Carry

Definition of Carry

Car´ry
v. t.1.To convey or transport in any manner from one place to another; to bear; - often with away or off.
[imp. & p. p. Carried ; p. pr. & vb. n. Carrying.]
When he dieth he shall carry nothing away.
- Ps. xiix. 17.
Devout men carried Stephen to his burial.
- Acts viii, 2.
Another carried the intelligence to Russell.
- Macaulay.
The sound will be carried, at the least, twenty miles.
- Bacon.
2.To have or hold as a burden, while moving from place to place; to have upon or about one's person; to bear; as, to carry a wound; to carry an unborn child.
If the ideas . . . were carried along with us in our minds.
- Locke.
3.To move; to convey by force; to impel; to conduct; to lead or guide.
Go, carry Sir John Falstaff to the Fleet.
- Shak.
He carried away all his cattle.
- Gen. xxxi. 18.
Passion and revenge will carry them too far.
- Locke.
4.To transfer from one place (as a country, book, or column) to another; as, to carry the war from Greece into Asia; to carry an account to the ledger; to carry a number in adding figures.
5.To convey by extension or continuance; to extend; as, to carry the chimney through the roof; to carry a road ten miles farther.
6.To bear or uphold successfully through conflict, as a leader or principle; hence, to succeed in, as in a contest; to bring to a successful issue; to win; as, to carry an election.
The carrying of our main point.
- Addison.
7.To get possession of by force; to capture.
The town would have been carried in the end.
- Bacon.
8.To contain; to comprise; to bear the aspect of ; to show or exhibit; to imply.
He thought it carried something of argument in it.
- Watts.
It carries too great an imputation of ignorance.
- Lacke.
9.To bear (one's self); to behave, to conduct or demean; - with the reflexive pronouns.
He carried himself so insolently in the house, and out of the house, to all persons, that he became odious.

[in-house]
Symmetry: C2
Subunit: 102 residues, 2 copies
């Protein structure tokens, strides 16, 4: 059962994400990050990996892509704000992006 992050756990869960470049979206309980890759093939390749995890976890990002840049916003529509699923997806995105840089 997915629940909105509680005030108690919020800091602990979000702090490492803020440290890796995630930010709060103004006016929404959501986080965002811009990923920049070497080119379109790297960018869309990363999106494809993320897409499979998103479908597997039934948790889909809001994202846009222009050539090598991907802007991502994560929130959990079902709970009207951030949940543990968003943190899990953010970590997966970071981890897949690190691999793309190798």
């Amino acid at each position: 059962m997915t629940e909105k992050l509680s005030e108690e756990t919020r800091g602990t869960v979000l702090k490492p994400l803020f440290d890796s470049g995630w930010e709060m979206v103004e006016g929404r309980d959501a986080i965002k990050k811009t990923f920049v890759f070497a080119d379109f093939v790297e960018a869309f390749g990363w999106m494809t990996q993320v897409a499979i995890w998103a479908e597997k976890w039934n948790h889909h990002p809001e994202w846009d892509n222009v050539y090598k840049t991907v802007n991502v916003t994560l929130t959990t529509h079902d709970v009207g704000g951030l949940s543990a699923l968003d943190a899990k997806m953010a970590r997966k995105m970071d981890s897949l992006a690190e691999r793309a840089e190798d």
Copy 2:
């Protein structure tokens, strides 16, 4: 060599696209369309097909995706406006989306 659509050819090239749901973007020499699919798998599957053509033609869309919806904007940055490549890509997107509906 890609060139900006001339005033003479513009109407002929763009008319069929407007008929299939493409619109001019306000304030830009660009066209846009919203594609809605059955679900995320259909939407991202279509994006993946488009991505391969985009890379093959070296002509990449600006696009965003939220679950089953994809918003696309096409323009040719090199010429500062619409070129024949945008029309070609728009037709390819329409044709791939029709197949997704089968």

- Clarendon.
10.To bear the charges or burden of holding or having, as stocks, merchandise, etc., from one time to another; as, a merchant is carrying a large stock; a farm carries a mortgage; a broker carries stock for a customer; to carry a life insurance.
Carry arms
(Mil. Drill) a command of the Manual of Arms directing the soldier to hold his piece in the right hand, the barrel resting against the hollow of the shoulder in a nearly perpendicular position. In this position the soldier is said to stand, and the musket to be held, at carry.
To carry all before one
to overcome all obstacles; to have uninterrupted success.
To carry arms
a - To bear weapons.
b - To serve as a soldier.
To carry away
a - (Naut.) to break off; to lose; as, to carry away a fore-topmast.
b - To take possession of the mind; to charm; to delude; as, to be carried by music, or by temptation.
To carry coals
to bear indignities tamely, a phrase used by early dramatists, perhaps from the mean nature of the occupation.
To carry coals to Newcastle
to take things to a place where they already abound; to lose one's labor.
- Halliwell.
To carry off
a - To remove to a distance.
b - To bear away as from the power or grasp of others.
c - To remove from life; as, the plague carried off thousands.
To carry on
a - To carry farther; to advance, or help forward; to continue; as, to carry on a design.
b - To manage, conduct, or prosecute; as, to carry on husbandry or trade.
To carry out
a - To bear from within.
b - To put into execution; to bring to a successful issue.
c - To sustain to the end; to continue to the end.
To carry through
a - To convey through the midst of.
b - To support to the end; to sustain, or keep from falling, or being subdued.
c - To complete; to bring to a successful issue; to succeed.
- Hammond.
To carry up
to convey or extend in an upward course or direction; to build.
To carry weight
a - To be handicapped; to have an extra burden, as when one rides or runs.
b - To have influence.
- Cowper.
v. i.1.To act as a bearer; to convey anything; as, to fetch and carry.
2.To have propulsive power; to propel; as, a gun or mortar carries well.
3.To hold the head; - said of a horse; as, to carry well i. e., to hold the head high, with arching neck.
4.(Hunting) To have earth or frost stick to the feet when running, as a hare.
To carry on
to behave in a wild, rude, or romping manner.
n.1.A tract of land, over which boats or goods are carried between two bodies of navigable water; a carrying place; a portage.

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